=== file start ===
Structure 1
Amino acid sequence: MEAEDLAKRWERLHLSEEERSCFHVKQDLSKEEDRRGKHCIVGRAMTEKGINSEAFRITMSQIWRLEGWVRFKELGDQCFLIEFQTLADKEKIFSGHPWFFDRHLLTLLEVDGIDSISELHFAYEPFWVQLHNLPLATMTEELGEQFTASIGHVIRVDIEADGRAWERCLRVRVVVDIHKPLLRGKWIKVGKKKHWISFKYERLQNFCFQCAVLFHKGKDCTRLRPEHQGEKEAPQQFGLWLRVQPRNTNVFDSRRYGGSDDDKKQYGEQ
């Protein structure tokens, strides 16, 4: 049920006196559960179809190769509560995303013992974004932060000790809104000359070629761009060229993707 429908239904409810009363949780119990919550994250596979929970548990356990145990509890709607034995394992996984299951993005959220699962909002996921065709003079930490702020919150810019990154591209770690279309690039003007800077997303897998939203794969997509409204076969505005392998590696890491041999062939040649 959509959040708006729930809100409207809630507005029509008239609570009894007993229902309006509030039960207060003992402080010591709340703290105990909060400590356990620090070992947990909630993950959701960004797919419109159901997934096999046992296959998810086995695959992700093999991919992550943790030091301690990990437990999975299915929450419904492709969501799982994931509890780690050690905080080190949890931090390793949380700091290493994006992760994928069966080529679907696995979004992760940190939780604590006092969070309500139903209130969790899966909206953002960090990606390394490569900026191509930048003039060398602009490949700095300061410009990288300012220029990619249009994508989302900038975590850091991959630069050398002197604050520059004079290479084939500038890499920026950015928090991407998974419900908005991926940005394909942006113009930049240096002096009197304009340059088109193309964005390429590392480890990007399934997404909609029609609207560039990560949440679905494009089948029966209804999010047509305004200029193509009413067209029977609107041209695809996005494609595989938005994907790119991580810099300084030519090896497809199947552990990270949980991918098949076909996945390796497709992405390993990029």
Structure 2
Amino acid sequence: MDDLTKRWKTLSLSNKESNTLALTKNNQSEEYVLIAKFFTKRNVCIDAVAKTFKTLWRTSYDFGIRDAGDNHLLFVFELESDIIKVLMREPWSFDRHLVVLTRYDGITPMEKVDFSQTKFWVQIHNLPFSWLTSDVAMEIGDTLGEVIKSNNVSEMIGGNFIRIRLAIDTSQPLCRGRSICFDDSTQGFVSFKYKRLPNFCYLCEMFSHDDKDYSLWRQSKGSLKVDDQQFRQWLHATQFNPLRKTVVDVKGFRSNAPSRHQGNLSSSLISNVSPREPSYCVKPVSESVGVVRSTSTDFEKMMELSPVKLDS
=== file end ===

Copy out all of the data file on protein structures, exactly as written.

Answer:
Structure 1
Amino acid sequence: MEAEDLAKRWERLHLSEEERSCFHVKQDLSKEEDRRGKHCIVGRAMTEKGINSEAFRITMSQIWRLEGWVRFKELGDQCFLIEFQTLADKEKIFSGHPWFFDRHLLTLLEVDGIDSISELHFAYEPFWVQLHNLPLATMTEELGEQFTASIGHVIRVDIEADGRAWERCLRVRVVVDIHKPLLRGKWIKVGKKKHWISFKYERLQNFCFQCAVLFHKGKDCTRLRPEHQGEKEAPQQFGLWLRVQPRNTNVFDSRRYGGSDDDKKQYGEQ
């Protein structure tokens, strides 16, 4: 049920006196559960179809190769509560995303013992974004932060000790809104000359070629761009060229993707 429908239904409810009363949780119990919550994250596979929970548990356990145990509890709607034995394992996984299951993005959220699962909002996921065709003079930490702020919150810019990154591209770690279309690039003007800077997303897998939203794969997509409204076969505005392998590696890491041999062939040649 959509959040708006729930809100409207809630507005029509008239609570009894007993229902309006509030039960207060003992402080010591709340703290105990909060400590356990620090070992947990909630993950959701960004797919419109159901997934096999046992296959998810086995695959992700093999991919992550943790030091301690990990437990999975299915929450419904492709969501799982994931509890780690050690905080080190949890931090390793949380700091290493994006992760994928069966080529679907696995979004992760940190939780604590006092969070309500139903209130969790899966909206953002960090990606390394490569900026191509930048003039060398602009490949700095300061410009990288300012220029990619249009994508989302900038975590850091991959630069050398002197604050520059004079290479084939500038890499920026950015928090991407998974419900908005991926940005394909942006113009930049240096002096009197304009340059088109193309964005390429590392480890990007399934997404909609029609609207560039990560949440679905494009089948029966209804999010047509305004200029193509009413067209029977609107041209695809996005494609595989938005994907790119991580810099300084030519090896497809199947552990990270949980991918098949076909996945390796497709992405390993990029």
Structure 2
Amino acid sequence: MDDLTKRWKTLSLSNKESNTLALTKNNQSEEYVLIAKFFTKRNVCIDAVAKTFKTLWRTSYDFGIRDAGDNHLLFVFELESDIIKVLMREPWSFDRHLVVLTRYDGITPMEKVDFSQTKFWVQIHNLPFSWLTSDVAMEIGDTLGEVIKSNNVSEMIGGNFIRIRLAIDTSQPLCRGRSICFDDSTQGFVSFKYKRLPNFCYLCEMFSHDDKDYSLWRQSKGSLKVDDQQFRQWLHATQFNPLRKTVVDVKGFRSNAPSRHQGNLSSSLISNVSPREPSYCVKPVSESVGVVRSTSTDFEKMMELSPVKLDS